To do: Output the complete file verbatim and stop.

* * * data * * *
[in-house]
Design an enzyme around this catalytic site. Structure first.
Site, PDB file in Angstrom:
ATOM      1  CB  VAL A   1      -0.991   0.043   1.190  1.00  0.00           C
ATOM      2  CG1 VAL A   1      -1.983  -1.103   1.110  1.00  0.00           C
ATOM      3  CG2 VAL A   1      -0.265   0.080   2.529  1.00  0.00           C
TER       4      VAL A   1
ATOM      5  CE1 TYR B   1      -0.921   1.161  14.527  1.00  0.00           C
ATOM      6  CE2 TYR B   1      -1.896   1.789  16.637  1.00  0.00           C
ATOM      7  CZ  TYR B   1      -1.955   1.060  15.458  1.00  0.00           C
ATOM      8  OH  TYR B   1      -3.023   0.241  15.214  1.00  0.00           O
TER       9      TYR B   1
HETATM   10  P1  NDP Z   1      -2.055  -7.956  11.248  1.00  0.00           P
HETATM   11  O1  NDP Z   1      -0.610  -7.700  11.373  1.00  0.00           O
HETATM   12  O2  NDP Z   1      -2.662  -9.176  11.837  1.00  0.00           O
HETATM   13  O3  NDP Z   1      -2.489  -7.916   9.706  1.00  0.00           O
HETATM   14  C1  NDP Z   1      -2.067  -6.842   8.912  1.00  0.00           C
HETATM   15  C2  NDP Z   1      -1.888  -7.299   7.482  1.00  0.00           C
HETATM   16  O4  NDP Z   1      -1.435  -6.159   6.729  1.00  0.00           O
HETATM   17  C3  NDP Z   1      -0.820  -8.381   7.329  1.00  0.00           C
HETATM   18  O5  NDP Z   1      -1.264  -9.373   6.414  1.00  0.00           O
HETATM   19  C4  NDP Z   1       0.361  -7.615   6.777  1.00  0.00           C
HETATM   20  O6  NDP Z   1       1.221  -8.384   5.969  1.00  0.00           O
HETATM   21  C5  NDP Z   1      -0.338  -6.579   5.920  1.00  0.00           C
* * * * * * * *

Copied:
[in-house]
Design an enzyme around this catalytic site. Structure first.
Site, PDB file in Angstrom:
ATOM      1  CB  VAL A   1      -0.991   0.043   1.190  1.00  0.00           C
ATOM      2  CG1 VAL A   1      -1.983  -1.103   1.110  1.00  0.00           C
ATOM      3  CG2 VAL A   1      -0.265   0.080   2.529  1.00  0.00           C
TER       4      VAL A   1
ATOM      5  CE1 TYR B   1      -0.921   1.161  14.527  1.00  0.00           C
ATOM      6  CE2 TYR B   1      -1.896   1.789  16.637  1.00  0.00           C
ATOM      7  CZ  TYR B   1      -1.955   1.060  15.458  1.00  0.00           C
ATOM      8  OH  TYR B   1      -3.023   0.241  15.214  1.00  0.00           O
TER       9      TYR B   1
HETATM   10  P1  NDP Z   1      -2.055  -7.956  11.248  1.00  0.00           P
HETATM   11  O1  NDP Z   1      -0.610  -7.700  11.373  1.00  0.00           O
HETATM   12  O2  NDP Z   1      -2.662  -9.176  11.837  1.00  0.00           O
HETATM   13  O3  NDP Z   1      -2.489  -7.916   9.706  1.00  0.00           O
HETATM   14  C1  NDP Z   1      -2.067  -6.842   8.912  1.00  0.00           C
HETATM   15  C2  NDP Z   1      -1.888  -7.299   7.482  1.00  0.00           C
HETATM   16  O4  NDP Z   1      -1.435  -6.159   6.729  1.00  0.00           O
HETATM   17  C3  NDP Z   1      -0.820  -8.381   7.329  1.00  0.00           C
HETATM   18  O5  NDP Z   1      -1.264  -9.373   6.414  1.00  0.00           O
HETATM   19  C4  NDP Z   1       0.361  -7.615   6.777  1.00  0.00           C
HETATM   20  O6  NDP Z   1       1.221  -8.384   5.969  1.00  0.00           O
HETATM   21  C5  NDP Z   1      -0.338  -6.579   5.920  1.00  0.00           C